Author of Want To Be A Doula? Everything You Need To Know
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    Forever grateful to my incredible Mod Team and many wonderful members who have been so supportive since 2003.

  6. #6

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    Glad that you all got something out of it girls.

    My intention isn't to scare people either. Rather to help inform them.

    Hope you got a decent nights sleep Kelly

    ETA, oops, just saw what time you posted Kelly. Guessing it won't be a decent sleep, or night time even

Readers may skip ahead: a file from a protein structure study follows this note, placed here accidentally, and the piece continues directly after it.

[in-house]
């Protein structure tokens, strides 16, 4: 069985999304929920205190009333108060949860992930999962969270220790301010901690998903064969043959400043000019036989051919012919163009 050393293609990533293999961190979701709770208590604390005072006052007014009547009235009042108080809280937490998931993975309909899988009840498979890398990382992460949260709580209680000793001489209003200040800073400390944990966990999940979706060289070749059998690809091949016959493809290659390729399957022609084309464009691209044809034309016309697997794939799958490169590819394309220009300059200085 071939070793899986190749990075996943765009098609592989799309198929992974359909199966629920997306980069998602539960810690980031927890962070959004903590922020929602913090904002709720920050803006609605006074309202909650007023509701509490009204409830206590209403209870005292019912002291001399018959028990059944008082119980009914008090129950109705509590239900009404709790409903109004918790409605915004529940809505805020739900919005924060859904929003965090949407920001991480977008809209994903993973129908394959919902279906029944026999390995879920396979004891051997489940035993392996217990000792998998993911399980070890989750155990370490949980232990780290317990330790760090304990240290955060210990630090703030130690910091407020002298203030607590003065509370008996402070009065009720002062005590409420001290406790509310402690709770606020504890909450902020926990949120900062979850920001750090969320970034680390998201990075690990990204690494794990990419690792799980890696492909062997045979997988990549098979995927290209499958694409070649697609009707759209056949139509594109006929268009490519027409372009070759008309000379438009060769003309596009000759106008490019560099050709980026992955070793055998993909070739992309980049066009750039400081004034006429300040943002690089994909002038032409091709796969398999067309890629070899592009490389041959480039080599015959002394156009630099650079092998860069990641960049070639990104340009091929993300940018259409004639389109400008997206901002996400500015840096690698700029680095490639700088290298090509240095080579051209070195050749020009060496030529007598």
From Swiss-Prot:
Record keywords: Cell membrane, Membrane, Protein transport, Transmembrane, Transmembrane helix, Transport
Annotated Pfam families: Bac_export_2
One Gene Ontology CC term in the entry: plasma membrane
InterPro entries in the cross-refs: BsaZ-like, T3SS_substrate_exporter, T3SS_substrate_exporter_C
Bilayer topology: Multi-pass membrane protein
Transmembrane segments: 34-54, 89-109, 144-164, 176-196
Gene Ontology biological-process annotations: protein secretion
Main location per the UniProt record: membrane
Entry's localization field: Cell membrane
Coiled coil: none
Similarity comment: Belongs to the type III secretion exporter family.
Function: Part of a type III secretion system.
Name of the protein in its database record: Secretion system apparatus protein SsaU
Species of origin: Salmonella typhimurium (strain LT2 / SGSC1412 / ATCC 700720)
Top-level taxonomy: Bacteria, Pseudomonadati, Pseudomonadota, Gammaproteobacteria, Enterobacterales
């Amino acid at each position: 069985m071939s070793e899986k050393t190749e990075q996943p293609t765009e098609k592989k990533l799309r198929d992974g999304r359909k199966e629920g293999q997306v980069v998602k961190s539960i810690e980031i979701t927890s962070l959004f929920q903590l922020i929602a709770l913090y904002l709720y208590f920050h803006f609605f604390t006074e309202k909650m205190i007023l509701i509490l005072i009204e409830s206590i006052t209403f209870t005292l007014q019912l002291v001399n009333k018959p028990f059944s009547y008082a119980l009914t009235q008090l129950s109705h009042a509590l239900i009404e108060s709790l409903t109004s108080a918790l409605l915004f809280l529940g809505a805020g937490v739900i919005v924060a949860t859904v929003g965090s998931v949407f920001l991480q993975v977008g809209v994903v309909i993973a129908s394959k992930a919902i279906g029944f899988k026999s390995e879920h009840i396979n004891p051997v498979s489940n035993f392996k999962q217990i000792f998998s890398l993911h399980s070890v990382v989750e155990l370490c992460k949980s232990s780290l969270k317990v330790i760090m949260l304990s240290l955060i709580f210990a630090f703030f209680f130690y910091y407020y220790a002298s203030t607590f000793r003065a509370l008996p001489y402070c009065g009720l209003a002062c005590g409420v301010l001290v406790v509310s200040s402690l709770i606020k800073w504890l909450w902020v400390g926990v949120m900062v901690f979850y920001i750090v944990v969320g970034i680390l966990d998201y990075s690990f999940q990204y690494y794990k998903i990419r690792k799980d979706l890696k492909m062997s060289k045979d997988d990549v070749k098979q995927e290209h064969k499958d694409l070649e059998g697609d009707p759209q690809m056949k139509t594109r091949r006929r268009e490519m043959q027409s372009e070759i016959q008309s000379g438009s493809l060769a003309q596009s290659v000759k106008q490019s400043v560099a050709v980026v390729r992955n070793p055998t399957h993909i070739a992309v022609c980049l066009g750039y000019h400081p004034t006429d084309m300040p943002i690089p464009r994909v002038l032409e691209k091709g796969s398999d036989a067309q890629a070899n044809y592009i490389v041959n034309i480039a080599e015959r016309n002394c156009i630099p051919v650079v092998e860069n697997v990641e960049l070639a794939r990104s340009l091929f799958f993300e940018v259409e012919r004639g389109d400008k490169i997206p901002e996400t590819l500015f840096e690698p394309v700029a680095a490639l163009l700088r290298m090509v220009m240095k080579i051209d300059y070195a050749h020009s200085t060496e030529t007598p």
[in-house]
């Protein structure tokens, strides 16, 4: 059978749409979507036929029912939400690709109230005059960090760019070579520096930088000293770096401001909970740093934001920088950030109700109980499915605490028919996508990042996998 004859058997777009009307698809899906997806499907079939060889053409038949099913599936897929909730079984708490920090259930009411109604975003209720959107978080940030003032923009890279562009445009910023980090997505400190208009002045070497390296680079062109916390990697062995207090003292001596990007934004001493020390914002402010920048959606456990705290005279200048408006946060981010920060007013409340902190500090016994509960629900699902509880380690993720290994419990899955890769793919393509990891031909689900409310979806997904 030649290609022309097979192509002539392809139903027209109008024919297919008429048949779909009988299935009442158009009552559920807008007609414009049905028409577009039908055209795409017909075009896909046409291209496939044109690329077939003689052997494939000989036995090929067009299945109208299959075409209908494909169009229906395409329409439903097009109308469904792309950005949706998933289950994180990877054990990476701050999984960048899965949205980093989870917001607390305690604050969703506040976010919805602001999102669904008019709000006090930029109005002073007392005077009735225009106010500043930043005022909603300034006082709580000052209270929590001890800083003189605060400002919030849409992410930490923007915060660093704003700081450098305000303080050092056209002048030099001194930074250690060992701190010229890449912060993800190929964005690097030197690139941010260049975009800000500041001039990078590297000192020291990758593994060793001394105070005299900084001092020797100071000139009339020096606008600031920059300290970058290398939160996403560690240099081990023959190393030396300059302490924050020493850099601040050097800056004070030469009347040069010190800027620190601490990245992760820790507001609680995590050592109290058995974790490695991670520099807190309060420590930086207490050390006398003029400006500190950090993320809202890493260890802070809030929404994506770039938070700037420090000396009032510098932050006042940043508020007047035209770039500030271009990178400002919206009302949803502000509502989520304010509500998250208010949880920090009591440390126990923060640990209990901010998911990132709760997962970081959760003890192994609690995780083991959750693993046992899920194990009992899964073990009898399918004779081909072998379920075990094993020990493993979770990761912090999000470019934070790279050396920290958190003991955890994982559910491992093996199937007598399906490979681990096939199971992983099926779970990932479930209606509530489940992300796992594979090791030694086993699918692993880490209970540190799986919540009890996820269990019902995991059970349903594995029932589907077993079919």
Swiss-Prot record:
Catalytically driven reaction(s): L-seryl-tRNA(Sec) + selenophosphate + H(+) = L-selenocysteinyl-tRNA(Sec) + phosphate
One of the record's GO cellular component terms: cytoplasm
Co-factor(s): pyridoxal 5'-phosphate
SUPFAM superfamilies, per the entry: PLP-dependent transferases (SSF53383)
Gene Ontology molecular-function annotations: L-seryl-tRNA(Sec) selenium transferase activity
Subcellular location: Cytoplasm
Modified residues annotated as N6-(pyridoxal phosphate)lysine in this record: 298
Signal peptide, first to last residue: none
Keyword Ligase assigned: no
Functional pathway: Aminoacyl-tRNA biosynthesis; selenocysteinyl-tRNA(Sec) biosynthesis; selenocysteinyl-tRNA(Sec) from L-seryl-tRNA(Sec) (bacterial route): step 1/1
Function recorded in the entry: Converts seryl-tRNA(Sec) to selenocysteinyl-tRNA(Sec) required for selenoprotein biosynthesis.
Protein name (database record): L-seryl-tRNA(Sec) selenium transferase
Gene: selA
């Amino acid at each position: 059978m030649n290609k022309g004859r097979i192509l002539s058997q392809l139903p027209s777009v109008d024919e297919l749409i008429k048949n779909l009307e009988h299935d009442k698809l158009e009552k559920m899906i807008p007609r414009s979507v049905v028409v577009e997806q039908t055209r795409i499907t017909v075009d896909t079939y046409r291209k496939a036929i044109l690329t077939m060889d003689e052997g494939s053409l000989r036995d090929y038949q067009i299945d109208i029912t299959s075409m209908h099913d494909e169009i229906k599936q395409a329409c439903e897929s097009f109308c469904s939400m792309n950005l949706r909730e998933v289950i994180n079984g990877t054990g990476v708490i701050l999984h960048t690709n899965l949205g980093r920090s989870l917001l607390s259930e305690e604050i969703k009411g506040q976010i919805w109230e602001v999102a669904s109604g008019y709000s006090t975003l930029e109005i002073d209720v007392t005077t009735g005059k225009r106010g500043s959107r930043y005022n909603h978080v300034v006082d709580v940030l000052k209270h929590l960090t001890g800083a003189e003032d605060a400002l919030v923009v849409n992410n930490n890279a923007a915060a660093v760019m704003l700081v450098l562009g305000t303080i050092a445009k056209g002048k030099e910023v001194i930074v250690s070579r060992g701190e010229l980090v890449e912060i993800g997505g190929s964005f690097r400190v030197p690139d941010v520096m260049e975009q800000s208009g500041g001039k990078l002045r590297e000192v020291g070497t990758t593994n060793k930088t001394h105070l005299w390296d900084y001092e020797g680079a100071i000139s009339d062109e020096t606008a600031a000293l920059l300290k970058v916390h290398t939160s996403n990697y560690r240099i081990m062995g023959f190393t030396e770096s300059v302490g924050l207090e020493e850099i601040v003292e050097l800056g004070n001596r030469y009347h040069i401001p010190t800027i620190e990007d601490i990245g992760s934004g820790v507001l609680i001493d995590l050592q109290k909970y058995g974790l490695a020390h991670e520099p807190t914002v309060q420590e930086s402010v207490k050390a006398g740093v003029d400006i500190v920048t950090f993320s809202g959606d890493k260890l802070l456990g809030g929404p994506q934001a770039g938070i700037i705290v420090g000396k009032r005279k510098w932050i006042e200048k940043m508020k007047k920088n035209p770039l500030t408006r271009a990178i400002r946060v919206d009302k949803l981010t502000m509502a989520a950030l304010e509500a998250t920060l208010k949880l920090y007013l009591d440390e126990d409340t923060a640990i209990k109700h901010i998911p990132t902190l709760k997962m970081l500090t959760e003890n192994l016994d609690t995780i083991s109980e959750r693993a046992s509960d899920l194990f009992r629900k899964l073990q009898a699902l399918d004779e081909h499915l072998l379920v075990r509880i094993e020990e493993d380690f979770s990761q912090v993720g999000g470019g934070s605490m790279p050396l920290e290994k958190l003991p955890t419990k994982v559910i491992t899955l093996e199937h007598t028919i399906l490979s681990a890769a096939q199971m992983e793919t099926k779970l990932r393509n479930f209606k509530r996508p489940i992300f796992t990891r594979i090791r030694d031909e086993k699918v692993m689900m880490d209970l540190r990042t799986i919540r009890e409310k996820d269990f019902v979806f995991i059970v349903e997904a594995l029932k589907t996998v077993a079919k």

7. #7

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    LOL Trish - go to bed Kelly!

    I've had two c/s... both due to medical complications... crikey I better be informed if I have another one!

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    Wow.

    So what's the % increase of medically-evoked c/s to the % of elective c/s?
    this confuses me somewhat. If they are so concerneed with health effects, why do the doctors agree to perform elective c/s with no medical basis? (given that many of them would refuse VBAC's, etc as a matter of "high-risk") Why do they not apply to same logic and make it harder for women with no medical reason to have a c/s?
    (Im just curious, not trying to be offensive)

  9. #9